Hunger suppresses the onset and the freezing component of the antipredator response to conspecific skin extract in pintado catfish

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2001-10-01

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Brill Academic Publishers

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Although the skin of an injured conspecific releases alarm substance in some fish species, it has been shown that such damage induces feeding behaviour rather than an alarm reaction under conditions of food scarcity. We studied chemical communication associated with this paradox in a Brazilian catfish, the pintado (Pseudoplatystoma coruscans). In preliminary tests pintado were confirmed to demonstrate an alarm reaction to conspecific skin extract. In the experiment we investigated whether skin extract of pintado induces either alarm response (panic or alert component) or feeding in hungry conspecifics. Fish feed-deprived for eight days and fed control fish were exposed to either conspecific skin extract or distilled water (as a control). Alarm reaction was restricted to the skin extract treatment and occurred in the fish irrespective of their hunger state, but the components of this response were significantly affected by hungry. Fed fish showed a complete alarm reaction (dashing and freezing behaviours). Feed-deprived fish exhibited only part of this biphasic response, the dashing component. We conclude that chemicals from injured fish elicit an alarm reaction, which is partially inhibited by feeding motivation.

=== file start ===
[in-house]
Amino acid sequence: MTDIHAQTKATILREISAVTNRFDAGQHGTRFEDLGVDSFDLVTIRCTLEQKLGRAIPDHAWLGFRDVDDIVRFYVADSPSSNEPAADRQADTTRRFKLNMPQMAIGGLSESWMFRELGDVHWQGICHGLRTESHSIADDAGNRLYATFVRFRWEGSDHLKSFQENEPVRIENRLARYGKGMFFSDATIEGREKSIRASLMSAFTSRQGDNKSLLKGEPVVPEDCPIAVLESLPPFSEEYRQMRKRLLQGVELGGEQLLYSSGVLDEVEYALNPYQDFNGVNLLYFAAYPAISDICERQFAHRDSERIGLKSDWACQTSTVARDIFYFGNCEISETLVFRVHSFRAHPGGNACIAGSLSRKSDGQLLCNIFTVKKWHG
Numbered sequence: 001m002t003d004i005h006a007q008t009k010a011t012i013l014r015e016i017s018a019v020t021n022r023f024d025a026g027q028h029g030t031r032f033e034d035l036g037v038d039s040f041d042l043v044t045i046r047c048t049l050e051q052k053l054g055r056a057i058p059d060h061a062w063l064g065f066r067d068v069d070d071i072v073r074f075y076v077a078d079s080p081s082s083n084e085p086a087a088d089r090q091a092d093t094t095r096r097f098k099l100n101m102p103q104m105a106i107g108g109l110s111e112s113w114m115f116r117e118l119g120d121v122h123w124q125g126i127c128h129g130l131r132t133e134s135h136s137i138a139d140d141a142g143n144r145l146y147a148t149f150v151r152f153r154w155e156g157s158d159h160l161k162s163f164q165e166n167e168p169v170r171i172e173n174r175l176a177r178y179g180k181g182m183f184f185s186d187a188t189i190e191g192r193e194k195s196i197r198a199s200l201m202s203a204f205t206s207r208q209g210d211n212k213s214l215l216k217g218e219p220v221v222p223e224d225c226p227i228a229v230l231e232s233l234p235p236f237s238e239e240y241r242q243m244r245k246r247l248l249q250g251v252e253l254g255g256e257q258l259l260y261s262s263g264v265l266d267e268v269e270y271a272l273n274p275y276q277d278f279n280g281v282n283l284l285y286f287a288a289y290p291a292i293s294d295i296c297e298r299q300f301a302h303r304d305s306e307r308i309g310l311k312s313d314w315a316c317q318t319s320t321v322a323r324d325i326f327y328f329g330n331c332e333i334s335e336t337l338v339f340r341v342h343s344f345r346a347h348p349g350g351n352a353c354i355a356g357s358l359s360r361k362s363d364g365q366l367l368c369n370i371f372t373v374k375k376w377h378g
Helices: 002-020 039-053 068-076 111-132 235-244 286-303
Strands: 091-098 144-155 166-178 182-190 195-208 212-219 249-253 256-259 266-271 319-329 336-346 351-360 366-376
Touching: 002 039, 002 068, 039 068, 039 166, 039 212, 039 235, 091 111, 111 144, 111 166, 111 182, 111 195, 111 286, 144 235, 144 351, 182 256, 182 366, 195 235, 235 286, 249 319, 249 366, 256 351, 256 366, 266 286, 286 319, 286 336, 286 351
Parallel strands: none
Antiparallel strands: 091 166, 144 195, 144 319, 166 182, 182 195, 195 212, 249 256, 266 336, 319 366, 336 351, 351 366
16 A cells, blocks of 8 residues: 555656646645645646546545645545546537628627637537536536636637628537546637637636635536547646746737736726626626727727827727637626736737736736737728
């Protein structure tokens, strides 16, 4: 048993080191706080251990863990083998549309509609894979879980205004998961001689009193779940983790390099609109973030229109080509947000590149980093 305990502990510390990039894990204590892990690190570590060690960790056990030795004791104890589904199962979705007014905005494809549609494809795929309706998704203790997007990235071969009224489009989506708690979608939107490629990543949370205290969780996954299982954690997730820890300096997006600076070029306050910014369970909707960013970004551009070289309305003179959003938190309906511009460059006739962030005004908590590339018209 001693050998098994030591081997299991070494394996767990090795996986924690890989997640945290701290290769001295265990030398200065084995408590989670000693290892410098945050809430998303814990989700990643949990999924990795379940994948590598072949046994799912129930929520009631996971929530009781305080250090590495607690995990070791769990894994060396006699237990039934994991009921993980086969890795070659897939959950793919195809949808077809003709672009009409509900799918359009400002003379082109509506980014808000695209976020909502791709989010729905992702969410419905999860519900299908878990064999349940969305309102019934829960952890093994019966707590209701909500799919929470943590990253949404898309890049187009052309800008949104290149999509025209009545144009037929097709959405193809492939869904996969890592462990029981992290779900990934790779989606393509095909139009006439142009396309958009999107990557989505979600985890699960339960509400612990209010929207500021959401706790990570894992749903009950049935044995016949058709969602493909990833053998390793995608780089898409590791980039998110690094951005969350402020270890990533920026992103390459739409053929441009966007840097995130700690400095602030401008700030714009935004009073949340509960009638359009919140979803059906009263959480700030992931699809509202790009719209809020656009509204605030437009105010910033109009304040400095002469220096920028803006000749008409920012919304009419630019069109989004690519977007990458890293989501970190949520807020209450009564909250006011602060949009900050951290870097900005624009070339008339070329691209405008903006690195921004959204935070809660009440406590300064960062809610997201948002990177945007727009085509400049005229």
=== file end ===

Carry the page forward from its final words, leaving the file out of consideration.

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Behaviour. Leiden: Brill Academic Publishers, v. 138, p. 1205-1214, 2001.

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